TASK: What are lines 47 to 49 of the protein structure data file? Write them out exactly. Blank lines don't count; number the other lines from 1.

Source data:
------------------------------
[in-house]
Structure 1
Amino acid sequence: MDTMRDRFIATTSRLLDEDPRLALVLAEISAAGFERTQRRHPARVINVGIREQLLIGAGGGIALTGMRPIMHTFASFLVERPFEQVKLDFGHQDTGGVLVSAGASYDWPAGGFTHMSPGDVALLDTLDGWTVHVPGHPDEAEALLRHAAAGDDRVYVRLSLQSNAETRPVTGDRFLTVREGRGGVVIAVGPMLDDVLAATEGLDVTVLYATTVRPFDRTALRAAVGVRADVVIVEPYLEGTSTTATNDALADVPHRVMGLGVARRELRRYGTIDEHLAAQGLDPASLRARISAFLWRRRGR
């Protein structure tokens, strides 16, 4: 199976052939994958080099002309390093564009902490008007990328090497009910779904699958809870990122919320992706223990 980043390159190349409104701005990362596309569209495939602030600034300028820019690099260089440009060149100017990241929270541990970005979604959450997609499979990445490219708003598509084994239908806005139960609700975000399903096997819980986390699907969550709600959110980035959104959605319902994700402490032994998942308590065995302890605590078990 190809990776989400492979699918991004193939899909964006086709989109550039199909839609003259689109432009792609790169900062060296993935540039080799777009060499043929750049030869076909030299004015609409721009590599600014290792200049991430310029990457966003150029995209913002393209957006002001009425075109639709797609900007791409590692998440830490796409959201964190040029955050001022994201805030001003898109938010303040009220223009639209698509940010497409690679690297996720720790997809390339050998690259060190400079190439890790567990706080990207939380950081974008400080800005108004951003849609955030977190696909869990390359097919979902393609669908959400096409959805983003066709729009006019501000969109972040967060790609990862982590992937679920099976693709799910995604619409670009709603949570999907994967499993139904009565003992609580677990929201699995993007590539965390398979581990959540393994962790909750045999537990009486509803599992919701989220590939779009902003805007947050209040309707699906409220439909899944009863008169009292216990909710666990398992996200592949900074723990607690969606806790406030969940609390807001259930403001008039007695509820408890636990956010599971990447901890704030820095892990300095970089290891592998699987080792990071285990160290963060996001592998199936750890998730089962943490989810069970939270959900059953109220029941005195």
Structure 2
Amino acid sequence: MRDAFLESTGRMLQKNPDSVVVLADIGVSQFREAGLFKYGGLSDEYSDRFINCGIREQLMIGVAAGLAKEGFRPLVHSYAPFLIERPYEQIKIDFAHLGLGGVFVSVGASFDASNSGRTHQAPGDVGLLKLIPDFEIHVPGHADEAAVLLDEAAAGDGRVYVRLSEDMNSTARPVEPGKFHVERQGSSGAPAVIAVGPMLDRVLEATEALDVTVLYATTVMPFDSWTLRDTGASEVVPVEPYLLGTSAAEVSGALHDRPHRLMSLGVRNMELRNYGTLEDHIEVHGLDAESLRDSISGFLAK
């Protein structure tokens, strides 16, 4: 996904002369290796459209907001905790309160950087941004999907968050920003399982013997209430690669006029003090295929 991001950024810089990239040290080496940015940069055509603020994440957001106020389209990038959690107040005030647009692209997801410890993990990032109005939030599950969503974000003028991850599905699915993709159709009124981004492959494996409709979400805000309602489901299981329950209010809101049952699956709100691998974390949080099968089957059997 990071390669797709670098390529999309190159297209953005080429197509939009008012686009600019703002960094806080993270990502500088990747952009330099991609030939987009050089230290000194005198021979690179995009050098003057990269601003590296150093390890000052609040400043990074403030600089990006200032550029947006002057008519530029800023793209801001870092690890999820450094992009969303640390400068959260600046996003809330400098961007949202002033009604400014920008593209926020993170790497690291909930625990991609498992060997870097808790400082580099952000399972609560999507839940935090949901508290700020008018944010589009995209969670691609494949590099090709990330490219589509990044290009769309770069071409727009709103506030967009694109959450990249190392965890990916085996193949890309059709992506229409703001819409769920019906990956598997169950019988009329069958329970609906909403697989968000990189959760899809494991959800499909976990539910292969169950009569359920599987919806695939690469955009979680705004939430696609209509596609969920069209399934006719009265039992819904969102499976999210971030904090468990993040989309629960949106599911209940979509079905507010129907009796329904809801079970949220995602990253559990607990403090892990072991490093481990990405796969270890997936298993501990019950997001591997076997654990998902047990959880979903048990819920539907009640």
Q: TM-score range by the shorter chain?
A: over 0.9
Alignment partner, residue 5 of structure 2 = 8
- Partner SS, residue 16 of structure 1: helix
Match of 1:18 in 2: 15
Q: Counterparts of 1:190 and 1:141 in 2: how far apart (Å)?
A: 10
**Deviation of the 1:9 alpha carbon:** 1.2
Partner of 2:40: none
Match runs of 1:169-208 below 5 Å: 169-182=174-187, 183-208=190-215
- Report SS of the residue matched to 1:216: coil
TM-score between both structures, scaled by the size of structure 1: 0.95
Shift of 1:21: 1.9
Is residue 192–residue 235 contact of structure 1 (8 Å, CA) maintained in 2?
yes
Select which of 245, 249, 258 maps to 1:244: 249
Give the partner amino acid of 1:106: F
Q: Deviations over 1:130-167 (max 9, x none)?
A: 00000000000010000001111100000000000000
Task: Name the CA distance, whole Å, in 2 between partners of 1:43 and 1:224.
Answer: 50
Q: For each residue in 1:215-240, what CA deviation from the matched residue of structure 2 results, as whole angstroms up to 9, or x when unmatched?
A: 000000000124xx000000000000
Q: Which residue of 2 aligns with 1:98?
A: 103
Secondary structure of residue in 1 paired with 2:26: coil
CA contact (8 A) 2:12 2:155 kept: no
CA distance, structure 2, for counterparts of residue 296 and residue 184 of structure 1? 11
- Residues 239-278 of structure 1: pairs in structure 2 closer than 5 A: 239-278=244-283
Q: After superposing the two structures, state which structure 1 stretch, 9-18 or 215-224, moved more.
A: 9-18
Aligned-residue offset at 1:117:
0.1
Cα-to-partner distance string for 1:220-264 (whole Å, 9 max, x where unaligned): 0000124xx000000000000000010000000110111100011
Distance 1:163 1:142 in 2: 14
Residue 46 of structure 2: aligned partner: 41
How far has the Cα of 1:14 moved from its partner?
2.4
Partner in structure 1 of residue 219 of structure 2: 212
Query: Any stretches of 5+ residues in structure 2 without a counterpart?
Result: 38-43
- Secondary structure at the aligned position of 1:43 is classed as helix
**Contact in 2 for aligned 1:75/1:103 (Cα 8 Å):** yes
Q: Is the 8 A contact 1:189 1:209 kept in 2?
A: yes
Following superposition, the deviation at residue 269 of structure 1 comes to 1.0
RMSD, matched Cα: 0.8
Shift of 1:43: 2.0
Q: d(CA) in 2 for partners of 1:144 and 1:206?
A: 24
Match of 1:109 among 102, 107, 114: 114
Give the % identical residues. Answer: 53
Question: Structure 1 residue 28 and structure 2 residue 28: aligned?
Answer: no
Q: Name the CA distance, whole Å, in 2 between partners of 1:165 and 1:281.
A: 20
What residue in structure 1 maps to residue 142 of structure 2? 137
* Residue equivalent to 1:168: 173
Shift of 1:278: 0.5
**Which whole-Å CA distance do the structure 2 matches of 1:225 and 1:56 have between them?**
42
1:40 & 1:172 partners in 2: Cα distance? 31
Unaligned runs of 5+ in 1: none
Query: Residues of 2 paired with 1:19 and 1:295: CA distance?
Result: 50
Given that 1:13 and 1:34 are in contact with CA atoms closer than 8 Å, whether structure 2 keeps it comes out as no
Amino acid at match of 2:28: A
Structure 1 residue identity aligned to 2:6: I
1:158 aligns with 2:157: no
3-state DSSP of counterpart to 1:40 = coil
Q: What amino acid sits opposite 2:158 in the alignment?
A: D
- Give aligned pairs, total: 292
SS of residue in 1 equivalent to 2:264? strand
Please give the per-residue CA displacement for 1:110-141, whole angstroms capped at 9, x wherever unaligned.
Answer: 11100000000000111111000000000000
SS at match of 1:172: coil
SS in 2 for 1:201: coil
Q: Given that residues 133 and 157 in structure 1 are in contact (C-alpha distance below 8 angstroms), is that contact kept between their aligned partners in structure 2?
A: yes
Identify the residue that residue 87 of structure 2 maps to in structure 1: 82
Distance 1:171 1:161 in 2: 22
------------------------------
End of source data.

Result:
Query: Any stretches of 5+ residues in structure 2 without a counterpart?
Result: 38-43
- Secondary structure at the aligned position of 1:43 is classed as helix